Aren't You Glad We're Not All the Same?
Remember the great job the Confirmation class did presenting the flood story at the Easter Vigil—with Noah playing Noah? In the Bible, right after Noah and the ark comes the Tower of Babel story. It’s a favorite in special children’s editions of the Bible, and I remember it as a kid. And: it’s our first reading today. Here’s the simple version. The people all speak one language. They build a skyscraper because they want to be like God. Because of their pride, God punishes them by scrambling their speech. They can’t understand each other. Everything sounds like babble. And that explains why we have so many different languages on earth! At least that is the usual interpretation. Diversity of language seems to be the punishment!
On my recent travels to the Balkans, our guide told us that one of the results of so many different ethnicities, languages, and religions in such a small area is that the people hate each other. There has been conflict there for generations. Albanians, Croats, Bosnians, Macedonians, Serbians. Orthodox Christians, Catholic Christians, Jews, Muslims. So much war, violence, despair. There diversity doesn’t seem to be the gift, but the problem.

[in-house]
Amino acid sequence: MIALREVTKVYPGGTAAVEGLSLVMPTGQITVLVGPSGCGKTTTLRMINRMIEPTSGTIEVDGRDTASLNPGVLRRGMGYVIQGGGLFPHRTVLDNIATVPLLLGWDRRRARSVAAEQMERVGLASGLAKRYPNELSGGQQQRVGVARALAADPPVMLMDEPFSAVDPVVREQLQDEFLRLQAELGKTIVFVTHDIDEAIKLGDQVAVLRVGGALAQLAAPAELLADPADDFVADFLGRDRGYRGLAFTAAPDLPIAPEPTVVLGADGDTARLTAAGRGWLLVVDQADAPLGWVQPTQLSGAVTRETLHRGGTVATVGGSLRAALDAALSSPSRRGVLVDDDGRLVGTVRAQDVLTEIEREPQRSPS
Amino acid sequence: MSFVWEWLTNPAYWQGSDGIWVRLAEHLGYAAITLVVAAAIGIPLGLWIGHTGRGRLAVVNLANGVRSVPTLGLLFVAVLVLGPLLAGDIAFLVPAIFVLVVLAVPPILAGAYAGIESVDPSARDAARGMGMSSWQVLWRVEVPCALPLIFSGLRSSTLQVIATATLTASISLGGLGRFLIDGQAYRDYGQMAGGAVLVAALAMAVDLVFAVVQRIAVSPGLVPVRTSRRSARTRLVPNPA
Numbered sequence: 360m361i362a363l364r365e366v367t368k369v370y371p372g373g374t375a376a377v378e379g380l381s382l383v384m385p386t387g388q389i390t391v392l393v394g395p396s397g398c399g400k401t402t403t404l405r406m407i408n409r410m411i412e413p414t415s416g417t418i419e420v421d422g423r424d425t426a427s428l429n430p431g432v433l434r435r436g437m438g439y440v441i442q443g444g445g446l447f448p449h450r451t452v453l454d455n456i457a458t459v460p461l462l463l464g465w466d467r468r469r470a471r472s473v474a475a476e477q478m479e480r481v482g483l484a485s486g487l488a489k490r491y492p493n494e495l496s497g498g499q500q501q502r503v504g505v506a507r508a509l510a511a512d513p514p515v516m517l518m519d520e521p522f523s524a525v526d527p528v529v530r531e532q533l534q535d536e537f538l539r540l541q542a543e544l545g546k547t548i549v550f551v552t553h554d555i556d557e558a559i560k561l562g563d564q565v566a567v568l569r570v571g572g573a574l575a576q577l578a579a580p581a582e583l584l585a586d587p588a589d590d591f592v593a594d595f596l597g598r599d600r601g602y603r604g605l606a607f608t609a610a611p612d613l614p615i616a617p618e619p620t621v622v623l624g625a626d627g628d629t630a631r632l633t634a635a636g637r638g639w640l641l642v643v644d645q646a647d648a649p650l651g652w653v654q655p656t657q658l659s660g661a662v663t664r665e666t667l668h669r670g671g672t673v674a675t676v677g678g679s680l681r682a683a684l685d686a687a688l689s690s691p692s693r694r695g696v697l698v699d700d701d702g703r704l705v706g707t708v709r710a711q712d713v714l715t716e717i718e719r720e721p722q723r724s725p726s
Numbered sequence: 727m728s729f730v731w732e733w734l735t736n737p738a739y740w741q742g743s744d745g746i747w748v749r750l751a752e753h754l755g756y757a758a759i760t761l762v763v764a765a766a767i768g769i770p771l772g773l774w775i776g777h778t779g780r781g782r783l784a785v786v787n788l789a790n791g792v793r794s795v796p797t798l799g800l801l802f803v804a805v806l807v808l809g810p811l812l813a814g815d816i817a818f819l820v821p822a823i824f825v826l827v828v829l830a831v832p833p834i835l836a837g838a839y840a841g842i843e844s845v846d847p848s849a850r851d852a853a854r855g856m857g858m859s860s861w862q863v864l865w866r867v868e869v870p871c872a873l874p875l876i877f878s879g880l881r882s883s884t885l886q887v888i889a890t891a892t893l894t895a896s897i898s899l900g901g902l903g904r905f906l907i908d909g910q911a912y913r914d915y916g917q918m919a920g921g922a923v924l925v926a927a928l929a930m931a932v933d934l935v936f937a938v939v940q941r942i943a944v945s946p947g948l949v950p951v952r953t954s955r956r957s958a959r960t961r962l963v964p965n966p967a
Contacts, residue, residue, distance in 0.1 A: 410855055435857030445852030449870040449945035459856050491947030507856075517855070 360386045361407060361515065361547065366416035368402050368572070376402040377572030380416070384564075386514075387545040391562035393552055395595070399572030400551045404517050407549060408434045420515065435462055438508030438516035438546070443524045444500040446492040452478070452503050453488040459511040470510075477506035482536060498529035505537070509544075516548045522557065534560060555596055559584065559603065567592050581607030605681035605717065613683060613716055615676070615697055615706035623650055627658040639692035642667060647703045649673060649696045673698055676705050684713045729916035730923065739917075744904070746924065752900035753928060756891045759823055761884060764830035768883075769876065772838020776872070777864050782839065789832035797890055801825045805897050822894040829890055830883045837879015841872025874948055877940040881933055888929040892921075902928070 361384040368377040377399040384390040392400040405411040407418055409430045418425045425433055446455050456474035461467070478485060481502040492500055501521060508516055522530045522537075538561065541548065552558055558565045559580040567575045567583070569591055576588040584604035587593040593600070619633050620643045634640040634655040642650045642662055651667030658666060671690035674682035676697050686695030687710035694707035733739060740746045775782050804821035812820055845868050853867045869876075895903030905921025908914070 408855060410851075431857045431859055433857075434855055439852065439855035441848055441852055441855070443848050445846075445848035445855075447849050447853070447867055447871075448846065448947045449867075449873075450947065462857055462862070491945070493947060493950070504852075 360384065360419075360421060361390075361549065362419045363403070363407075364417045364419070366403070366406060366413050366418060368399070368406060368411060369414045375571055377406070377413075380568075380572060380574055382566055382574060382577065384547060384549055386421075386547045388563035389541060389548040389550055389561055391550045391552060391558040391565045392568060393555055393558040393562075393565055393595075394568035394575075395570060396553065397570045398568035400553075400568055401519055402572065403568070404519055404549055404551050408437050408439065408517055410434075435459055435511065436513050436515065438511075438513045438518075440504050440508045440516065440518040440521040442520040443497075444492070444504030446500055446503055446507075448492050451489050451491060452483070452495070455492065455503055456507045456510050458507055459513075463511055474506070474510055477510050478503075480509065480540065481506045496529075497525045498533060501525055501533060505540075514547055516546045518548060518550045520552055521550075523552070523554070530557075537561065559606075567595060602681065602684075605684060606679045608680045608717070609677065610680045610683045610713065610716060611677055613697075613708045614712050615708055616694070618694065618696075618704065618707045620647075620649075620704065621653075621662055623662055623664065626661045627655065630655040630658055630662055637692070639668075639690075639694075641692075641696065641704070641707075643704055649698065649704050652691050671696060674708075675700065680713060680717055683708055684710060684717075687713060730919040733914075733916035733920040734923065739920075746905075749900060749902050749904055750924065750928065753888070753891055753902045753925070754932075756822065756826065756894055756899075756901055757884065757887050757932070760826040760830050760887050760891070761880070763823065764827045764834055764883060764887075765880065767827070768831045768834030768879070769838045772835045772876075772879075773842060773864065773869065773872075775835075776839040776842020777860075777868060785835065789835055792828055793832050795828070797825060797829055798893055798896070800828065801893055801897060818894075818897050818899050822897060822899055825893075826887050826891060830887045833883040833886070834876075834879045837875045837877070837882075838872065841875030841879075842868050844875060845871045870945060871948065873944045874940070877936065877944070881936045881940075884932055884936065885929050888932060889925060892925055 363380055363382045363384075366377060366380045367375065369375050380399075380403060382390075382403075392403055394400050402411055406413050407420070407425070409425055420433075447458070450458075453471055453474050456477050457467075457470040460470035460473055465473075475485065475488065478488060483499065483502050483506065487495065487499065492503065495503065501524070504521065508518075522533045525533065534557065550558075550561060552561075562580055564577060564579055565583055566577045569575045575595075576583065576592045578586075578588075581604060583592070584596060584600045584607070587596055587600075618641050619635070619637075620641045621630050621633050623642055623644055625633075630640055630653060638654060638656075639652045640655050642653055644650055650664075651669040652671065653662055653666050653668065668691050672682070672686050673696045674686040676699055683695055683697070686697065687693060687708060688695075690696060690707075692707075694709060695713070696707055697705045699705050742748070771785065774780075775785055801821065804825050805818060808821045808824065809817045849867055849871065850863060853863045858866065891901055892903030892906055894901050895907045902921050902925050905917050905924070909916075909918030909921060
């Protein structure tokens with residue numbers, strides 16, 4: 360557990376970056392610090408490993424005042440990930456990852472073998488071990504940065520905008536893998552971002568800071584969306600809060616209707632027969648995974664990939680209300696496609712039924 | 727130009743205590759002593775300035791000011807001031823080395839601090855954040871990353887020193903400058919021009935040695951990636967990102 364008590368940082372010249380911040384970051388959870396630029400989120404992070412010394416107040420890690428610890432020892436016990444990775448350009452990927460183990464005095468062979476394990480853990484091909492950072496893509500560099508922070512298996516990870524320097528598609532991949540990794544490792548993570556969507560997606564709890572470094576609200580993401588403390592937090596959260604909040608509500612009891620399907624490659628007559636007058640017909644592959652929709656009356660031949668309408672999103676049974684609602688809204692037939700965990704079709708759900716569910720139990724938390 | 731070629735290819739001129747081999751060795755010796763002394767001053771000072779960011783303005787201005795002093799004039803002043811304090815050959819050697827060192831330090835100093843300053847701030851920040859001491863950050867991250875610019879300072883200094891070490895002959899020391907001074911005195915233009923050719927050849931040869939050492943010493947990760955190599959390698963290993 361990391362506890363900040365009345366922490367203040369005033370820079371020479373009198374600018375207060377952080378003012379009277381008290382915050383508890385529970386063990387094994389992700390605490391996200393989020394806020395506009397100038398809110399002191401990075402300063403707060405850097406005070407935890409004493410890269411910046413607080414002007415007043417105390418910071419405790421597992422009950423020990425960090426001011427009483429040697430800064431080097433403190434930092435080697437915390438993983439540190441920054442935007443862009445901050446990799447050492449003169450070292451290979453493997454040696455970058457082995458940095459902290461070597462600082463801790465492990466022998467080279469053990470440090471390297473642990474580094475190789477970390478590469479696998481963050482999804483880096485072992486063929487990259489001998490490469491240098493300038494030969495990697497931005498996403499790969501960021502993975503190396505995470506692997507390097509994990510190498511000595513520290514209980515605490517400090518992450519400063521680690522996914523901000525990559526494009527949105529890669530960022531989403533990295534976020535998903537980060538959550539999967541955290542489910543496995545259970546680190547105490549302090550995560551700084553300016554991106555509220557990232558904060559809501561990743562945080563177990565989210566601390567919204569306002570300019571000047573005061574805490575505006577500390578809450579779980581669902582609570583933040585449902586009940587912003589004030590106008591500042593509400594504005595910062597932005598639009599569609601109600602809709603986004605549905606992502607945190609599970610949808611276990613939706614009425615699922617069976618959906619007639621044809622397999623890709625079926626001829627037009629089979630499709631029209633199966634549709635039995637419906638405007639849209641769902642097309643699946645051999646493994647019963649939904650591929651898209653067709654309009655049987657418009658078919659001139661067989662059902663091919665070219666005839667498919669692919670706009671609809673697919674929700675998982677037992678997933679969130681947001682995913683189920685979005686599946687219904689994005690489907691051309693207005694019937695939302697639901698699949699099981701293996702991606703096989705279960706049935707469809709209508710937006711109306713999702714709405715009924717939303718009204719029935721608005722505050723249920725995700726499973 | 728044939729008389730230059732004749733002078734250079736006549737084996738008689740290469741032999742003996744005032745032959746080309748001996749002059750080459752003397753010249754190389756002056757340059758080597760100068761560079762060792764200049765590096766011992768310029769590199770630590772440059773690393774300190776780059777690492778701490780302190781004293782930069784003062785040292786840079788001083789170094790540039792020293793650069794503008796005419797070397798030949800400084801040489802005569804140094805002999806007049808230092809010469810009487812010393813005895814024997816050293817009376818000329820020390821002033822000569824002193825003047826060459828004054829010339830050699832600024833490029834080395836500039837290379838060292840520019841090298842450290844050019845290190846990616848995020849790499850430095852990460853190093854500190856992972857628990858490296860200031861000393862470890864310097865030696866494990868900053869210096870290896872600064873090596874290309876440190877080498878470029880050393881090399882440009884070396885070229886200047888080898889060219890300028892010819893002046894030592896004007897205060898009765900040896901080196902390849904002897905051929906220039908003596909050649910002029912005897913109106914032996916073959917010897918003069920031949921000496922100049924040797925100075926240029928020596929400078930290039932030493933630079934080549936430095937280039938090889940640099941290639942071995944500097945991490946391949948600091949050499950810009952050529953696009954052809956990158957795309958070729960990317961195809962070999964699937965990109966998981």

And as much as people celebrate our country as the melting pot of many ethnicities, we also bear the stain of racism, sometimes called our “original sin.” Think of our displacement of native peoples, the slavery of African Americans, and throughout our history periodic displacement and detention of immigrants or certain ethnic peoples.
Diversity sounds like a great idea. But it actually goes against the normal human tendency to divide into tribes and groups and hang with people that look like us, worship like us, vote like us, or think like us. Sometimes this leads to corruption, prejudice, oppression, war, and hatred—what we call sin. And at the extreme people look for excuses to wipe each other out because their way is the only way.
Pentecost is a celebration of diversity—not only our multicultural church, but humanity created in extraordinary variety. In our Acts reading, people from every nation start speaking in languages they never learned in school. Not only do they understand each other, in the risen Christ they sense a unity that transcends their differences.